Source: The SunDaily
BY GURDIAL SINGH NIJAR
(Deputy President, HAKAM)
AN extraordinary and unprecedented case is before our courts: the Malaysian Bar is challenging the decision of the attorney-general not to prosecute a high official in respect of huge sums of monies found in his personal bank account; and for directing the anti-corruption body, the MACC, to close all investigations into a large scandal.
Under our court rules, the Bar must first get the permission (or “leave”) of the court before it can proceed to the next stage – where the court will hear arguments on whether or not the AG acted lawfully. All that the Bar has to show to get this permission is that it has a “sufficient interest” to bring this action; that its case is not frivolous; and that the matter is amenable to be reviewed by the court.
Source: The Diplomat
The premier needs to give his country a much-needed respite.
Prime Minister Najib Razak insists he will cooperate with international authorities charged with investigating a massive misappropriation of funds from 1Malaysia Development Berhad (1MDB), saying he is equally concerned about good governance.
But if he was serious – and believed his own sermons about the strength of Malaysia’s governance – then he would listen to pro-democracy advocates, like Bersih, and live up to the best of democratic traditions by standing aside until investigations are completed.
“We are equally concerned about good governance in Malaysia and the rule of law,” the prime minister recently told journalists. “So within the bounds of good governance and the rule of law, Malaysia will do its best to cooperate and to do whatever is necessary.”
Rarely has any regional leader come under attack for such a sustained period amid a raft of controversies linked to stolen money, murder, international finance, and military contracts. Read more
Source: The Star Online
LONDON: The UN Human Rights Council appointed Vitit Muntarbhorn (pic) as its first independent investigator to safeguard the rights of homosexual and transgender community across the world amid strong objections by Saudi Arabia and other Muslim countries.
The first independent investigator’s main job will be to help protect homosexual and transgender people worldwide from violence and discrimination.
The UN expert Vitit will have a three-year mandate to investigate abuses against lesbian, gay, bisexual, transgender and intersex (LGBT) people.
Vitit is an international law professor at the Chulalongkorn University in Bangkok, Thailand, and has served on several UN bodies, including inquiries on Syria and as a special rapporteur on North Korea. Read more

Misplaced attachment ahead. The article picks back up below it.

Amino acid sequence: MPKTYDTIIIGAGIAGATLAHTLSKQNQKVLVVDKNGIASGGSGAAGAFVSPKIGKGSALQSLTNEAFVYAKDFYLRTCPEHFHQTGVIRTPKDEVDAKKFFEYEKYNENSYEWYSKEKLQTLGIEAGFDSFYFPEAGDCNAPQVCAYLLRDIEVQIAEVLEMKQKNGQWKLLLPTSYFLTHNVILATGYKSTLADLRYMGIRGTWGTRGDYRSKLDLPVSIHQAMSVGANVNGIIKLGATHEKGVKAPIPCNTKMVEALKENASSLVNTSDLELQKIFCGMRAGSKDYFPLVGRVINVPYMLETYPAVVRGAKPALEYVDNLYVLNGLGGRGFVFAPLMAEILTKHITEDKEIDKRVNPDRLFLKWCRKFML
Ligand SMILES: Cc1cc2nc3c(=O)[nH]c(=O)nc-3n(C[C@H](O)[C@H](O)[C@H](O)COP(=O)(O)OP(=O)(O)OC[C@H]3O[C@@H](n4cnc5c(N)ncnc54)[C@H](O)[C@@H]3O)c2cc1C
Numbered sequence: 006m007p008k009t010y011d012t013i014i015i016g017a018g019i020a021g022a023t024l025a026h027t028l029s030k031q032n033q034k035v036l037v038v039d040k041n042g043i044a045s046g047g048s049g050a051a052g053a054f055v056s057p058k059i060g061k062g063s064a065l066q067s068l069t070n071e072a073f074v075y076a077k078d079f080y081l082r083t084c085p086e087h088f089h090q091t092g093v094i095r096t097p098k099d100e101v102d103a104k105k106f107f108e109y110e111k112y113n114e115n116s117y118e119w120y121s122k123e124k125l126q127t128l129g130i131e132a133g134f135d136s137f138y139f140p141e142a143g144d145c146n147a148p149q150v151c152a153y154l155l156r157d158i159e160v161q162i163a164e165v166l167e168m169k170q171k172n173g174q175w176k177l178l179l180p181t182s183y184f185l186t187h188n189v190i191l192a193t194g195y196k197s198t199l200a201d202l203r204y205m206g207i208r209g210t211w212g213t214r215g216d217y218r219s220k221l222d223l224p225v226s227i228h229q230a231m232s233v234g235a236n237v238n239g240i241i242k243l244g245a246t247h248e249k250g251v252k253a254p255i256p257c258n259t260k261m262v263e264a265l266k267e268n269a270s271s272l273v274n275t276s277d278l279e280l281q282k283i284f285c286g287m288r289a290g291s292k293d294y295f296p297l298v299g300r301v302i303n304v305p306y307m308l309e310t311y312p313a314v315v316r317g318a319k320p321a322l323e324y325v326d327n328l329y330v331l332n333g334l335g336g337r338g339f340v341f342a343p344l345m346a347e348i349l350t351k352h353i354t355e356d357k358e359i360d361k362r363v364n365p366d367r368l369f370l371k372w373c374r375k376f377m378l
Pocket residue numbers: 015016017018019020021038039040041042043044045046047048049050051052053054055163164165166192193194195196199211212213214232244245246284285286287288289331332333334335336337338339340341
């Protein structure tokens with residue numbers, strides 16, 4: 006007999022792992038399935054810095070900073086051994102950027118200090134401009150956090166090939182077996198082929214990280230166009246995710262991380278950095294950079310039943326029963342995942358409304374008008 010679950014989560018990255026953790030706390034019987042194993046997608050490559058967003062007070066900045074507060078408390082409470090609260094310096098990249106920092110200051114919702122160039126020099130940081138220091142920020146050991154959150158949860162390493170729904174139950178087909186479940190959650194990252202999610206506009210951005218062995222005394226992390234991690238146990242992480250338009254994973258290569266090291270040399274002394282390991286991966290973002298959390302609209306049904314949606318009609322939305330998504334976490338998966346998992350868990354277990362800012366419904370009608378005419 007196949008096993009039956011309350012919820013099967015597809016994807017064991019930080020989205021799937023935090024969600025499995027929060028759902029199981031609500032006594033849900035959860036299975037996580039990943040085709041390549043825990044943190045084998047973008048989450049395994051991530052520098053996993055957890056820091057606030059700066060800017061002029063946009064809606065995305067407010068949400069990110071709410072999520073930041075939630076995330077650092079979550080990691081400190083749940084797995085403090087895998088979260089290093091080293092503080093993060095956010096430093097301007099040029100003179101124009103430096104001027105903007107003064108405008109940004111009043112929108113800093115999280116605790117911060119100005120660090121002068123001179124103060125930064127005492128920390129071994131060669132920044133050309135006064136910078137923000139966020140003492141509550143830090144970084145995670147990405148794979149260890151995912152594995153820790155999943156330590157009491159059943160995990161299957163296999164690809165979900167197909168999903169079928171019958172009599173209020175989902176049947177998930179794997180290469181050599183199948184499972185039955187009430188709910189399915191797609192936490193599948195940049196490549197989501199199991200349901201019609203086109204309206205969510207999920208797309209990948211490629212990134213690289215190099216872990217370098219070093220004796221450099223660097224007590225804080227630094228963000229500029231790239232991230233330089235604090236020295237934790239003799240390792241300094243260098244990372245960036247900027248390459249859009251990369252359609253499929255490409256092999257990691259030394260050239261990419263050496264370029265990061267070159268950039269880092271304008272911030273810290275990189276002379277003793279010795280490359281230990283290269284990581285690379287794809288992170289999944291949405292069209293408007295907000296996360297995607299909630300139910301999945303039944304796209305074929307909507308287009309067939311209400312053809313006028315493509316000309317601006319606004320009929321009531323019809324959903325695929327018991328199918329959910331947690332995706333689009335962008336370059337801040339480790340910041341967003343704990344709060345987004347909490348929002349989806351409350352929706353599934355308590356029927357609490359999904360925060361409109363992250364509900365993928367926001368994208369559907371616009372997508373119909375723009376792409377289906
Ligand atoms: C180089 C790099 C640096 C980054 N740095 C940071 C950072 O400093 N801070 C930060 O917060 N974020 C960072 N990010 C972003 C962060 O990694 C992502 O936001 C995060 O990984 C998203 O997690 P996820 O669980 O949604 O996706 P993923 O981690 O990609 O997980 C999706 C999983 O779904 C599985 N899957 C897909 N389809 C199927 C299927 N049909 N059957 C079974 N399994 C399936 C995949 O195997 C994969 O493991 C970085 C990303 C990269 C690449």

NGOs say many have no personal documents because Putrajaya has been non-compliant on the Native Court Ordinance 1992.
KUCHING: Two NGOs have called for the National Registration Department (NRD) in Sarawak to have autonomy. This is expected to help bring down the number of people having no personal documents as a result of non-compliance on Adat.
The Federal Government is either ignorant on Adat or attempting to block its implementation, they said. “Sabah and Sarawak must have the right to determine its own citizens and to deal with them.”
The NRD at present ignores the peculiar situation on the ground in Sarawak, added Sarawak 4 Sarawakians (S4S) and the Sarawak Dayak Iban Association (SADIA) in a statement.
NRD also does not comply with the International Convention on Human Rights, continued the two NGOs in the statement signed by S4S Chief Peter John Jaban.
The NGOs were taking their cue from a statement by Sarawak Welfare, Women and Community Wellbeing Minister Fatimah Abdullah on “disorderly marriages”.
As a result, many children of local fathers and mothers from across the border in Kalimantan, for example, are left stateless. Read more
GANDHI: WALKING WITH US TODAY
Address at the 6th Gandhi Memorial Lecture Held by the Gandhi Memorial Trust
2 October 2016 – Kuala Lumpur
By Gurdial Singh Nijar
This an exciting age – technological advances have liberated us in ways unimaginable. Communicating with others, transferring money, even the mundane paying of bills; and most significantly of all – accessing any information from anywhere in the world. All accomplished with a swift press of a button. Like the waving of a magician’s wand!
Then there’s a step up from biotechnology to modern biotechnology – where life-forms can be engineered and owned by big corporations – to nanotechnology – where life forms can be reduced to one–billionth of a metre. Indeed, even the creation of life not in the way the Almighty ordained – but through artificial asexual reproduction seems attainable, if we believe specialised scientific journals.
But to quote Charles Dickens in the famous opening paragraph of his novel, A Tale of Two Cities: “It was the best of times, it was the worst of times, it was the age of wisdom, it was the age of foolishness, it was the epoch of belief, it was the epoch of incredulity, …”
For, we are hit by scourges of gigantic proportions that spell dire consequences – for communities, countries and the world at large. Emanating from identifiable causes: the environment – including climate change; and wars – including the threat of nuclear wars. And the subversion of established institutions – from on-high like the UN-Security Council to domestic institutions. The initiation of illegal wars in defiance of established internationally agreed processes; on the basis of bald-faced lies. Leaving in its wake a litany of wasted lives – mainly women and children – murdered through unparalleled sophisticated weaponry. War crimes committed with impunity.
What, you may ask, has this to do with Gandhi Ji – in whose memory this lecture is being rendered?
Loads. Just listen to him. Read more